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Re: Future New Init for FC7?



David Zeuthen wrote:

> It's a popular misconception that boot time can be "boosted" by just
> replacing SysVinit with something else.

I recently tried both InitNG and Upstart and my impression was that
both are very benefical.

By using dynamic dependencies and an event driven design, you avoid
running most init scripts altogether.  For istance, "bluetooth" is
useless on systems without a blootooth dongle... and it should be
launched by hotplug anyway.  It can also makes some scripts
simpler/shorter.

Upstart makes Ubuntu very fast to boot.  I did no measurements, but
it's clearly much faster than plain Debian and Fedora to bring up
a similar environment.

InitNG is also interesting, probably even faster than Upstart, but
more radical and a bit of a kludge in my humbling opinion.  They
replace those long shell scripts with an ad-hoc language to run
daemons and simple commands.  For complex stuff it may need a
snippet of shell code, but it usually doesn't.

Also, MacOSX boot feels much faster since they switched from init
to launchd.  I don't think it has been ported to Linux, but it's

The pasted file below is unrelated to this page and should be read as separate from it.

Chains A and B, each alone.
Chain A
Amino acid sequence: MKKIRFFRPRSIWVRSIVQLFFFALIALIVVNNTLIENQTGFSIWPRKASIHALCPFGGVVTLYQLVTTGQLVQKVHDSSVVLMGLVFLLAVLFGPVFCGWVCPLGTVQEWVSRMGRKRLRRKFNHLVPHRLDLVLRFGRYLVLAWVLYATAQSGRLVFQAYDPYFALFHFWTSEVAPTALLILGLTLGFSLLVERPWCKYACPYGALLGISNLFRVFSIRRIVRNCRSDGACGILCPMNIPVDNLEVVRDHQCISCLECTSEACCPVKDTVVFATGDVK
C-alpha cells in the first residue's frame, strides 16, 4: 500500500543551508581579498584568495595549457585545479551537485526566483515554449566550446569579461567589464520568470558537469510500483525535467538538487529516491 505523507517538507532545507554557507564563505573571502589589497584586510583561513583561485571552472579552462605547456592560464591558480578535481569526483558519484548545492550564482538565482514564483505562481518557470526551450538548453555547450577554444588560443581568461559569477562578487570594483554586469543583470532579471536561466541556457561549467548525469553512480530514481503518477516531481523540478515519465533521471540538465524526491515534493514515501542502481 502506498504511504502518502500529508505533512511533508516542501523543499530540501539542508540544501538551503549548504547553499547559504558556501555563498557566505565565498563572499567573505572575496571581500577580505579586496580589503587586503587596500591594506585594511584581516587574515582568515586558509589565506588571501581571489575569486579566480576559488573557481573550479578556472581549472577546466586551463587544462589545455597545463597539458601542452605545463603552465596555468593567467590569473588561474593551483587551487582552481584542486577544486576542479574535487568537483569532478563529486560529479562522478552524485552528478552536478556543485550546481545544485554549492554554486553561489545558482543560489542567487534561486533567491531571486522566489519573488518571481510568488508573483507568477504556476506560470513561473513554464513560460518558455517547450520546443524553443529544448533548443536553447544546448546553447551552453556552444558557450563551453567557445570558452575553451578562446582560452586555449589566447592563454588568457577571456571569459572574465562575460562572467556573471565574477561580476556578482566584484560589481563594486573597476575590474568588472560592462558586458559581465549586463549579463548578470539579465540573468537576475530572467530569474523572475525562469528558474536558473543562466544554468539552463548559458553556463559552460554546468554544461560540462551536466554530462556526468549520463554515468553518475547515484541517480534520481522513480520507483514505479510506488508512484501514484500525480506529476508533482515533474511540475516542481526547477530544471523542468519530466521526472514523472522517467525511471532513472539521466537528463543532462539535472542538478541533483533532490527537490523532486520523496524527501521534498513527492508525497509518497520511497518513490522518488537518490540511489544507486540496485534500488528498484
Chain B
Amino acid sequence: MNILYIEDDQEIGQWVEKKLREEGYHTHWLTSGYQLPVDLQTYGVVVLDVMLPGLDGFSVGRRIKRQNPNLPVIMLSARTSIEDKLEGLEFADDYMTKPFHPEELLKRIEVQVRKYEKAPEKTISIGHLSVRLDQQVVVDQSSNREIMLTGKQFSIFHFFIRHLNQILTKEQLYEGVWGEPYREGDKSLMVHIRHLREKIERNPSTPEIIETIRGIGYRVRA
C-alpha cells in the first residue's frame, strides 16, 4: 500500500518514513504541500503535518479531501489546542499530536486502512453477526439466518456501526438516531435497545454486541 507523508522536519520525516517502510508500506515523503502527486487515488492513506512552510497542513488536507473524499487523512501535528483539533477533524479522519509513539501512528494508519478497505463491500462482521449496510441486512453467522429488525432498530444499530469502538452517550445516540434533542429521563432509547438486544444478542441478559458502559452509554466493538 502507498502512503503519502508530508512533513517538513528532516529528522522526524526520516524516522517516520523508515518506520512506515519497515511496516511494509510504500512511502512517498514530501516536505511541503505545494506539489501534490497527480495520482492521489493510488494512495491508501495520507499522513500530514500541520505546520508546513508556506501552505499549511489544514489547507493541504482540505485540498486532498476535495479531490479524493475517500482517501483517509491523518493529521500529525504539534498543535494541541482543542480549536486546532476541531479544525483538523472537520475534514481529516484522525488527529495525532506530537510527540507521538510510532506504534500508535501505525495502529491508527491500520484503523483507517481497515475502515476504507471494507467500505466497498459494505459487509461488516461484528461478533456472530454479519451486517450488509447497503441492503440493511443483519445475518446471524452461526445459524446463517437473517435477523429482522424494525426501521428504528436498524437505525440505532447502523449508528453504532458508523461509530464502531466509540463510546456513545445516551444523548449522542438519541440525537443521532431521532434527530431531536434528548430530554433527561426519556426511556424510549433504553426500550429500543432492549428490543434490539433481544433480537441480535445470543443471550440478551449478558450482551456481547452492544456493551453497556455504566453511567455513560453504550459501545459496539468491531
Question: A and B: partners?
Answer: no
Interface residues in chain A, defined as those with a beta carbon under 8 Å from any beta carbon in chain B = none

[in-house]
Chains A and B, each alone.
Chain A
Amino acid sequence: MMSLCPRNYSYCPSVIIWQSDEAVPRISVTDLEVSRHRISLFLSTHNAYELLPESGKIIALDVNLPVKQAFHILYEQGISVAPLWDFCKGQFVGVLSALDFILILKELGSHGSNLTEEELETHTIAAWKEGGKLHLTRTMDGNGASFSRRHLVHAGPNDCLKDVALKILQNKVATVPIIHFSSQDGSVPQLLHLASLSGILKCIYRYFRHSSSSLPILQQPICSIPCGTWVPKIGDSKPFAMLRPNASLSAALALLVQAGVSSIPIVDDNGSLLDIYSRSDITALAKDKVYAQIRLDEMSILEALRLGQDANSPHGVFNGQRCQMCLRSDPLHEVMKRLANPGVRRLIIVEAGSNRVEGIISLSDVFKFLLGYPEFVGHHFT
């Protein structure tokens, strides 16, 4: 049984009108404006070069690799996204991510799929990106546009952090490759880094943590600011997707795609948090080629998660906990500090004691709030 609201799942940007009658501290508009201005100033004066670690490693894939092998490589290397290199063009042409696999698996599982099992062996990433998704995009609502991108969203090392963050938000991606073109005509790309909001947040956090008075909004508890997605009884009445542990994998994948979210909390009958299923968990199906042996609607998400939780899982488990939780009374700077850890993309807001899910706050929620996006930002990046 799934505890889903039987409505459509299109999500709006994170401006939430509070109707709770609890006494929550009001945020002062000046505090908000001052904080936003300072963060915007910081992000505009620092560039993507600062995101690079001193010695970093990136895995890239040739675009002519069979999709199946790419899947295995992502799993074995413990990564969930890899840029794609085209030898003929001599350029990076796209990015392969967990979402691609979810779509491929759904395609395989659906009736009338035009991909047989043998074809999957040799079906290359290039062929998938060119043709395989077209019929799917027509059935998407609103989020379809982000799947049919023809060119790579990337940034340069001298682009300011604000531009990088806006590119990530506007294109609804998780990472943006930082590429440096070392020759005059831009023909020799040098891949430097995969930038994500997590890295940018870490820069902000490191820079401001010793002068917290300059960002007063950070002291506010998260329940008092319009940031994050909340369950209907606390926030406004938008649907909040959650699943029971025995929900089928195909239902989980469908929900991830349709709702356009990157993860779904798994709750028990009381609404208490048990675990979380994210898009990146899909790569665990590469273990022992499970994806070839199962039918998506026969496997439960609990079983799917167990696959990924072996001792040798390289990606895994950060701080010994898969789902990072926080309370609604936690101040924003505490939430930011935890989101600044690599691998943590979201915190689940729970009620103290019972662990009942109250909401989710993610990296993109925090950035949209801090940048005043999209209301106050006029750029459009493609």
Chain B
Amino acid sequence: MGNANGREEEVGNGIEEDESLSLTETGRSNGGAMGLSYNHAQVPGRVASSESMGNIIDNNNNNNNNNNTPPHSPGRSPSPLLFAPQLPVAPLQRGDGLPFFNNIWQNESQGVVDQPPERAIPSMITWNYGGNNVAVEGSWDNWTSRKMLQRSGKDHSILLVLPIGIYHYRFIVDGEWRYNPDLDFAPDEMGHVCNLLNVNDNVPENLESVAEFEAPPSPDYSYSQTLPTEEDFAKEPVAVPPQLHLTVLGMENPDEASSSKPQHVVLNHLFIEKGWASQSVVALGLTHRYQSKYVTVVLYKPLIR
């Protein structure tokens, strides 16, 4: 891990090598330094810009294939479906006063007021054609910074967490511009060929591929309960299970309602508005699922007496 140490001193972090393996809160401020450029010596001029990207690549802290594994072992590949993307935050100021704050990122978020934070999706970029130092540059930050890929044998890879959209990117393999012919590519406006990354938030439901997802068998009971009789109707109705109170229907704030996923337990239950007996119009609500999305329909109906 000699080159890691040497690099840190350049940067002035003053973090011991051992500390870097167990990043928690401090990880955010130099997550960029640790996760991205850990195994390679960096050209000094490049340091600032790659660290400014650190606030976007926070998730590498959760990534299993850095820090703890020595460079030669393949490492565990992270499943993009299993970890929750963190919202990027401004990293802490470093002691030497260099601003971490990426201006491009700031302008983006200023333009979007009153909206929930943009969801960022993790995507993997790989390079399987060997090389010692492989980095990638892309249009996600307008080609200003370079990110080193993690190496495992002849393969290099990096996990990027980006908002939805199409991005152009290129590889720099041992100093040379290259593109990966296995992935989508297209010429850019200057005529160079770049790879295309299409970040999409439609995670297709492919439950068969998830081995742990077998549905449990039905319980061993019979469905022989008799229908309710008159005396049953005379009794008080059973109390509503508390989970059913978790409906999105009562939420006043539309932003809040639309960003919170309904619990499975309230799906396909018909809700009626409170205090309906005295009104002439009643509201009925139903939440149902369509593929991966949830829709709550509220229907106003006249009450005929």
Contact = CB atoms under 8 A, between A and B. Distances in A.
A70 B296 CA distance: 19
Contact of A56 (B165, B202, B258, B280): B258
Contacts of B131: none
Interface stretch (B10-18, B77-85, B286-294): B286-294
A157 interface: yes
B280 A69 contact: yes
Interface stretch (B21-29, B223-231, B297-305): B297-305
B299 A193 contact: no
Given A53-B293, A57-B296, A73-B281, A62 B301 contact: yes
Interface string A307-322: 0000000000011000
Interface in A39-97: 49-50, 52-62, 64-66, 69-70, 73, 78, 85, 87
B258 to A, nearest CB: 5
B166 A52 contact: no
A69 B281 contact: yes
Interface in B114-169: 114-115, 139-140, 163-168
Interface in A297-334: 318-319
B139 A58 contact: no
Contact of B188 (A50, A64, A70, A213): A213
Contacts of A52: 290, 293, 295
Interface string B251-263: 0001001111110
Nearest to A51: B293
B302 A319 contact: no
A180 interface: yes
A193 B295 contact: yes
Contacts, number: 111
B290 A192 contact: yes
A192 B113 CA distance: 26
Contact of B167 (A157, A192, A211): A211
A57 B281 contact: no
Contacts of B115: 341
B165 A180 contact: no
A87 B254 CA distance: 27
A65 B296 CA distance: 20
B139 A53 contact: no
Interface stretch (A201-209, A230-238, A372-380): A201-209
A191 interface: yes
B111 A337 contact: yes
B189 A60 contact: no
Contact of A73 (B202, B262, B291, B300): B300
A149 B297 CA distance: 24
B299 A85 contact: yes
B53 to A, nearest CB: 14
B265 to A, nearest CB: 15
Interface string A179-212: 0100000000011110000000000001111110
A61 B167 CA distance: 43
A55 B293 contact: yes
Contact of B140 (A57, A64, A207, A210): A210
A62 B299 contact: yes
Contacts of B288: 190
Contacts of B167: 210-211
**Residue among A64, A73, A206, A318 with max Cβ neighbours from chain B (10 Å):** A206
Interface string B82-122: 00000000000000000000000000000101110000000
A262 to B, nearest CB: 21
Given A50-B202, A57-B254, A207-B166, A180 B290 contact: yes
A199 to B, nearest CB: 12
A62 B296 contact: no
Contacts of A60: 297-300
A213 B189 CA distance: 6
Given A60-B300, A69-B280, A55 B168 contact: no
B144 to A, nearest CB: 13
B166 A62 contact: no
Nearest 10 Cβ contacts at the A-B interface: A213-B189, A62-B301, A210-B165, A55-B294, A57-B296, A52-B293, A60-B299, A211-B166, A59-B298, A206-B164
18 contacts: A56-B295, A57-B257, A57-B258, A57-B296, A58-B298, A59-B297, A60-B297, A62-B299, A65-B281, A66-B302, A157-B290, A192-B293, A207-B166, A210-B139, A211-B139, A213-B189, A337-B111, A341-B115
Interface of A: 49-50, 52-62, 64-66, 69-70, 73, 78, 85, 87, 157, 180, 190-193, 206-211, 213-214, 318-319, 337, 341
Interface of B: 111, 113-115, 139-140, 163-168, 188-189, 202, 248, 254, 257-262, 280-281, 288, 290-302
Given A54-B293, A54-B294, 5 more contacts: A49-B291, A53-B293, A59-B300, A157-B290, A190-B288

just to show that it has real benefits.

I also liked the gdm early-login thing from FC5, but for some reason
it has been abandoned.


> The biggest bang for the buck
> actually comes from fixing readahead so it reads all the files it needs,
> without making the disk seek;

The wrong thing about readahead is that it's even less dynamic
than sysvinit.  On a system I use KDE by default, but readahead
keeps wasting time preloading all the Gnome libraries.

I remember reading somewhere that MacOSX collects statistics during
boot and creates some kind of boot cache.  IIRC, Windows XP did
something "smart" too.

Also, the old sequential init scripts even with readahead will
waste lots of disk bandwidth while waiting for dhcp or video mode
probing.

-- 
   // Bernardo Innocenti - Develer R&D dept.
 \X/  http://www.develer.com/


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